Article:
After months of rumors, speculation and sneakiness worthy of the secret-keeping Cullens themselves, the third "Twilight" movie finally has a director. And if his back catalog is any indication, "Eclipse" is shaping up to be the darkest film in the saga.
[url id="http://www.mtv.com/movies/movie/284845/moviemain.jhtml"]"30 Days of Night"[/url] filmmaker David Slade has been given the keys to the kingdom, taking over the franchise when Chris Weitz steps down after this year's eagerly anticipated [url id="http://www.mtv.com/movies/movie/414921/moviemain.jhtml"]"New Moon."[/url]
Following on the heels of Summit Entertainment's decision to shoot the two "Twilight" sequels separately but close together in time, a game of musical chairs had erupted over the past few months that included such names as [article id="1609272"]Drew Barrymore[/article], [article id="1606725"]Juan Antonio Bayona[/article] and others.
"I am thrilled that David Slade will be directing 'Eclipse,' " "Twilight" author Stephenie Meyer said in a statement announcing the director's appointment. "He's a visionary filmmaker who has so much to offer this franchise. From the beginning, we've been blessed with wonderful directorial talent for the Twilight Saga, and I'm so happy that 'Eclipse' will be carrying on with that tradition."
In sharp contrast with "Twilight" director Catherine Hardwicke and "New Moon" helmer Weitz, the genre-fave filmmaker has made a name for himself with cold, visceral, often brutal films. Slade's low-budget debut "Hard Candy" raised eyebrows with its tale of a 14-year-old girl getting revenge on a 32-year-old pedophile — and put "Watchmen" star Patrick Wilson and "Juno" Oscar nominee Ellen Page on the map. The former music-video director then released "30 Days," starring Josh Hartnett in the blood-soaked comic book tale of an Alaskan town under siege by vampires.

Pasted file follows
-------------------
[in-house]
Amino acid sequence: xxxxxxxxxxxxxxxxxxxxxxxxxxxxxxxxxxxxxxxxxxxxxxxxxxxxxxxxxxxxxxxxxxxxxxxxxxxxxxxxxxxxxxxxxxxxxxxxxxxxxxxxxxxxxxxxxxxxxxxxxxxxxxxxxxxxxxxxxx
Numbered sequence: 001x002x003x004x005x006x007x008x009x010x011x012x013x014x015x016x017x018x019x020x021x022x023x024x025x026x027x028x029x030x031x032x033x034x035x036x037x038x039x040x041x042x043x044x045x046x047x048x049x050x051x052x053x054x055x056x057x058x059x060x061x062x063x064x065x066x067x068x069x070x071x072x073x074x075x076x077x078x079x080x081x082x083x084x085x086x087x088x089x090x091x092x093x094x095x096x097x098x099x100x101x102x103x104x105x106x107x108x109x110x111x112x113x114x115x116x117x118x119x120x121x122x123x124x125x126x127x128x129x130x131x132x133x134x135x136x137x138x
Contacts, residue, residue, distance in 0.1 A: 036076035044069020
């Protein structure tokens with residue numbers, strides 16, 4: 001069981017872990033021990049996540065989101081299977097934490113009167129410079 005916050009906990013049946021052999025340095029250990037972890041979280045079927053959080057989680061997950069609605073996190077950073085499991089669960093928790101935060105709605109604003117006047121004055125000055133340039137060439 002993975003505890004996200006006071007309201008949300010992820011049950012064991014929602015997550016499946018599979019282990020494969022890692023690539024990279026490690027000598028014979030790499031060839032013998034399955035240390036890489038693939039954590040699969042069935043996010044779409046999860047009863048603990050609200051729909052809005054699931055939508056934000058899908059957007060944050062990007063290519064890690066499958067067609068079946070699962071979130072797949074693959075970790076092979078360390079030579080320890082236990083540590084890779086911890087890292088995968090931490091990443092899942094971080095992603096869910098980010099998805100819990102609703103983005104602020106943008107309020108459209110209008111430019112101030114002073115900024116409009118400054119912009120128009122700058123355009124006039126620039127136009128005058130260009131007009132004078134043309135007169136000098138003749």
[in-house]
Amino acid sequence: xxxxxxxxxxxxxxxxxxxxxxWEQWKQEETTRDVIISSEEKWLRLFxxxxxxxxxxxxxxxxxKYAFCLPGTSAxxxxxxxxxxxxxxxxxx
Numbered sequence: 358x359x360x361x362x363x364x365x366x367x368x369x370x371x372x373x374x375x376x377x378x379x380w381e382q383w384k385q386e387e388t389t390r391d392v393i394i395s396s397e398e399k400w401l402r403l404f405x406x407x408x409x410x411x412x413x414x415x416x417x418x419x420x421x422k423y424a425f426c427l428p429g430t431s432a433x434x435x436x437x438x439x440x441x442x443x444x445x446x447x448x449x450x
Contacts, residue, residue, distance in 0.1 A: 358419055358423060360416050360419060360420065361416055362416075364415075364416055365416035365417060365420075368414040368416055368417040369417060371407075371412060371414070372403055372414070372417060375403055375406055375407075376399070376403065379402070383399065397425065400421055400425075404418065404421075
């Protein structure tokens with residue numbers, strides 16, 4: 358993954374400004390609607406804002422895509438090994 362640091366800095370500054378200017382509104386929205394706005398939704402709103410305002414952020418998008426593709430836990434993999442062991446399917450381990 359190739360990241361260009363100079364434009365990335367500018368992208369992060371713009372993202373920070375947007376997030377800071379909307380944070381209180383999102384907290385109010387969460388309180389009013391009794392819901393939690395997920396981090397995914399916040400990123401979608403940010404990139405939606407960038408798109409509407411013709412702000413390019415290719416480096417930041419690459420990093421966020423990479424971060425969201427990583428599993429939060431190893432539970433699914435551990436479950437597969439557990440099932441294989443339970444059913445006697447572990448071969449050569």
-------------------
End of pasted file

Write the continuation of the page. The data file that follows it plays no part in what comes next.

Although some might say the connection makes sense, Slade's "Night" vampires were so different from those imagined by Meyer that the two movies could be in completely different genres. Twilighters will undoubtedly be curious to learn Slade's plans and whether he'll embrace the fiercer tendencies of the Cullen family's instincts.
"Stephenie Meyer's 'Eclipse' is a muscular, rich, vivid book, and we at Summit looked long and hard for a director who could do it justice," explained the studio's president of production, Erik Feig. "We believe we have found that talent in David Slade, a director who has been able to create complex, visually arresting worlds. We cannot wait to see the 'Eclipse' he brings to life and brings to the fans eagerly awaiting its arrival in summer of 2010."
The statement also released an official summary of "Eclipse," which is again being written by series screenwriter Melissa Rosenberg. "In 'Eclipse,' Bella once again finds herself surrounded by danger as Seattle is ravaged by a string of mysterious killings and a malicious vampire continues her quest for revenge. In the midst of it all, she is forced to choose between her love for Edward and her friendship with Jacob — knowing that her decision has the potential to ignite the ageless struggle between vampire and werewolf. With her graduation quickly approaching, Bella is confronted with the most important decision of her life."
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Check out everything we've got on "The Twilight Saga's New Moon."
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